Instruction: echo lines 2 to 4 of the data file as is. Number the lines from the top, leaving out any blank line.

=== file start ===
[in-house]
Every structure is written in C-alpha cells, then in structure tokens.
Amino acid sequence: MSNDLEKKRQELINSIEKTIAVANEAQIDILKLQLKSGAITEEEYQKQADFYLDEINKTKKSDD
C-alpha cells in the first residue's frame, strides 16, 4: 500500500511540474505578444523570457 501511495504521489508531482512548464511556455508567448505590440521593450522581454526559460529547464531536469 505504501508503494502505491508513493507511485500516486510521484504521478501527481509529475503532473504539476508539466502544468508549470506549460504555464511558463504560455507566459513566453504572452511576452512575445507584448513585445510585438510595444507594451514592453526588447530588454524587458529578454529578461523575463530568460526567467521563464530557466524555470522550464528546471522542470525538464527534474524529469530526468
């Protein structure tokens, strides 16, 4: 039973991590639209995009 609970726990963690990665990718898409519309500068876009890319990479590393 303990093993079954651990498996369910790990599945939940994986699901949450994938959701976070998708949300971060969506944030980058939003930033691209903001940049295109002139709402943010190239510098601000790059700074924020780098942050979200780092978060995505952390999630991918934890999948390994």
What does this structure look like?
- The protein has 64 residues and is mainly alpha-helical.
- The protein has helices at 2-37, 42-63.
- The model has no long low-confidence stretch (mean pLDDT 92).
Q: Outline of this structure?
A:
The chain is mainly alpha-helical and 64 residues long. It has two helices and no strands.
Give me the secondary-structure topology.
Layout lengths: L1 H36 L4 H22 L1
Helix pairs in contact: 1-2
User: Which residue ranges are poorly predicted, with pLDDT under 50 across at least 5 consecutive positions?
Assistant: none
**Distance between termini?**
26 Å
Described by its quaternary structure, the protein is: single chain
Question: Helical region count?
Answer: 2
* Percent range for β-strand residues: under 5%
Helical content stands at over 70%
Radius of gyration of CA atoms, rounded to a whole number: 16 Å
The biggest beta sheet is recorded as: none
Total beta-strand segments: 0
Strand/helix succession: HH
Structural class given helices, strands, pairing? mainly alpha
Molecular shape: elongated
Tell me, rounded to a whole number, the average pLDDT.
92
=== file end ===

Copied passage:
Every structure is written in C-alpha cells, then in structure tokens.
Amino acid sequence: MSNDLEKKRQELINSIEKTIAVANEAQIDILKLQLKSGAITEEEYQKQADFYLDEINKTKKSDD
C-alpha cells in the first residue's frame, strides 16, 4: 500500500511540474505578444523570457 501511495504521489508531482512548464511556455508567448505590440521593450522581454526559460529547464531536469 505504501508503494502505491508513493507511485500516486510521484504521478501527481509529475503532473504539476508539466502544468508549470506549460504555464511558463504560455507566459513566453504572452511576452512575445507584448513585445510585438510595444507594451514592453526588447530588454524587458529578454529578461523575463530568460526567467521563464530557466524555470522550464528546471522542470525538464527534474524529469530526468